Amber Stark

Member Spotlight: Christy Nittrouer

Name
Christy Nittrouer

Position/Employer
Texas Tech University

How long have you been a SIOP member?
9 years

What roles have you had within SIOP?
Student volunteer (Bridge Builders), scholarship/grant awardee, scholarship/grant awards committees, WIN member, CEMA member, and Disability, Inclusion, and Accessibility Committee member

Interest Area(s)
Stigma, disability, allyship, discrimination reduction, incivility, mentorship, identity management, organizational policies

What sparked your interest in I-O psychology?
In retrospect, I-O psychology wound up being an excellent intersection between my research experiences and interest in disability, and stigma more broadly, and my passion for research focused on interpersonal dynamics in the workplace.

What role do you see I-O psychology playing in the future of work?
I have been buoyed from talking to HR professionals and listening to them speak in my class, recently, because they have been discussing how most organizations are completely revamping their approach to HR. As technology is allowing us to be more remote and interconnected, it is becoming more apparent how integral effective people management (HR) is to organizations that thrive and flourish. I see I-O psychology as critical to this revitalization, particularly with our training in research methods and data analysis. These are critical skills right now, as they can be immediately applied in an organization to provide data-driven insight and improve various people management decisions.

Which of the Top 10 Work Trends for 2021 do you most strongly relate to and how can I-O psychology practitioners, educators, and students impact this trend?
(1) Social Justice and (2) Inclusive Practices to Get, Keep, and Grow Talent. I relate to these because, of course, my research is concentrated in these areas, but it is also exciting to see organizational researchers and practitioners really understand the fallout of not managing their commitments to these principles well: Social justice and inclusion researchers are getting outside the echo chamber. Giving employers and employees the ability to be attracted to organizations and work because of a match to their most basic core values and beliefs provides a level of meaning to work that I find incredibly optimistic. As I-O psychologists, we know the meaning that work has in people's lives, and if it is aligned with employees' core values, suddenly a job can become transformed into a vocation. I think the more seriously we take our training, and the rigor with which we focus on and practice our fundamentals (e.g., methods, measurement, analysis), the more indisputable value we bring into organizations, particularly around topics that may still bring some controversy into certain organizations.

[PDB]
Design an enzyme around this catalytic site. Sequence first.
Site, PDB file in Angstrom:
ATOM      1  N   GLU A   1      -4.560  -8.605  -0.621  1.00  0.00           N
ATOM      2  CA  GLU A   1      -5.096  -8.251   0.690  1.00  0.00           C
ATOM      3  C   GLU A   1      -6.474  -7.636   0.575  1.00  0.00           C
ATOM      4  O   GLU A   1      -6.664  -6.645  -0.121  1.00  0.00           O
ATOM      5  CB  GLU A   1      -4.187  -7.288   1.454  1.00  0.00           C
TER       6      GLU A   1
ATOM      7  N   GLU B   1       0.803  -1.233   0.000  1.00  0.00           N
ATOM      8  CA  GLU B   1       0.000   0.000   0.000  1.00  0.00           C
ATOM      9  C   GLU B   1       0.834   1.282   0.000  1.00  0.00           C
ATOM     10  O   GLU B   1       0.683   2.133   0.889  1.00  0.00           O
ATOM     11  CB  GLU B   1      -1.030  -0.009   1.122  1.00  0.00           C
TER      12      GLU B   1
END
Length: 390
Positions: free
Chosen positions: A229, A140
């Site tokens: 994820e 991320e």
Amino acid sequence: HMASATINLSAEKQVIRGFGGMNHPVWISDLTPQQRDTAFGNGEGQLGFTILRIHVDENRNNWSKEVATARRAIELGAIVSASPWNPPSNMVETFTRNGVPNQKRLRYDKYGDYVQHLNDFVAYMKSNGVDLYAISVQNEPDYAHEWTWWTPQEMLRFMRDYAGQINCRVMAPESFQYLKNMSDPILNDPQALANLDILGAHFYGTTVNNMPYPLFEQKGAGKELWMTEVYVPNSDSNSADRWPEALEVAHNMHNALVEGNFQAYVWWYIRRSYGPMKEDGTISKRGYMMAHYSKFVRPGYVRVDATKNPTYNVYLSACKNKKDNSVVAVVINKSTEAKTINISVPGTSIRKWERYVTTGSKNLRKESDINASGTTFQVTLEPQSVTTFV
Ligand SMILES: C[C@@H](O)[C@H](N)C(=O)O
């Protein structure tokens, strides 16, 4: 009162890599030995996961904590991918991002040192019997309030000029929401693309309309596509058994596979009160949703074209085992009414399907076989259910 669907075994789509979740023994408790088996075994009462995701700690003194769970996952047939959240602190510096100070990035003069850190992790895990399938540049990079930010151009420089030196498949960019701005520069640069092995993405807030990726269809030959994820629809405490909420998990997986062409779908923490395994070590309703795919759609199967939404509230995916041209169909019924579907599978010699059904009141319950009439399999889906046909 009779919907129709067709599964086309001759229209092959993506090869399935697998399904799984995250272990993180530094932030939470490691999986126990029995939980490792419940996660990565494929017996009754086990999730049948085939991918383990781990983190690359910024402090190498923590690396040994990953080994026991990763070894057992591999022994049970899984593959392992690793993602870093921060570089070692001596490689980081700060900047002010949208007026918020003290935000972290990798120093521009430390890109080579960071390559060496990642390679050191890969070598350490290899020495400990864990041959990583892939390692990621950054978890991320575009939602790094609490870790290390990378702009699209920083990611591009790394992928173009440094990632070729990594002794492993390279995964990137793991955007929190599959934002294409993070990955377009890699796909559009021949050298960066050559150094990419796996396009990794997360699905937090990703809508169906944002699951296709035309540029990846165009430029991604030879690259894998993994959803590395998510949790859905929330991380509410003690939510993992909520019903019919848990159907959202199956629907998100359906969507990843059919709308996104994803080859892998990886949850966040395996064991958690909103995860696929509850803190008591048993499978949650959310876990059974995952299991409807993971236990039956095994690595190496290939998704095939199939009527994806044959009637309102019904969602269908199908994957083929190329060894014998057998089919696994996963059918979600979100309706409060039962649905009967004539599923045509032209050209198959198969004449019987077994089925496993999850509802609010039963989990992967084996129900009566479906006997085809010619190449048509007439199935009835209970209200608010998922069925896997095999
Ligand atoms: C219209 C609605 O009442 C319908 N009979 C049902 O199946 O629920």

What advice would you give to students or early practitioners?
If you are in an I-O PhD program or are on a path leading you toward I-O, follow your passion. Knowledge and skills can be acquired, but passion is extremely difficult to teach or cultivate externally. If you care about what you do, that motivation will keep you on your path, no matter the hurdles.

What is one of your favorite SIOP Annual Conference memories/highlights?
I was lucky in that I came into I-O with a very niche research interest and passion: disability. This meant that even at my very first one or two SIOP conferences, I had the distinct honor of being able to meet and interact with some of my biggest role models in the field from very early on. They have been so supportive, kind, and uplifting to me, as I navigated (and continue to navigate) my academic trajectory. The colleagues we have in I-O are some of the most universally phenomenal human beings I have met in any field.

Please share one non-I-O-related bit of information about yourself
I competed in the national, NCAA triathlon championship on a team in Tuscaloosa, AL, in (early) graduate school. I'm an avid runner.

Is there anything you would like to add?
One of my favorite quotes, that helped me get through graduate school when I didn't feel like I knew what I was doing, is: "Do not go where the path may lead, go instead where there is no path and leave a trail." - Ralph Waldo Emerson. Don't be fearful of new ideas, novelty, or trying new or unconventional approaches—it's how we grow.

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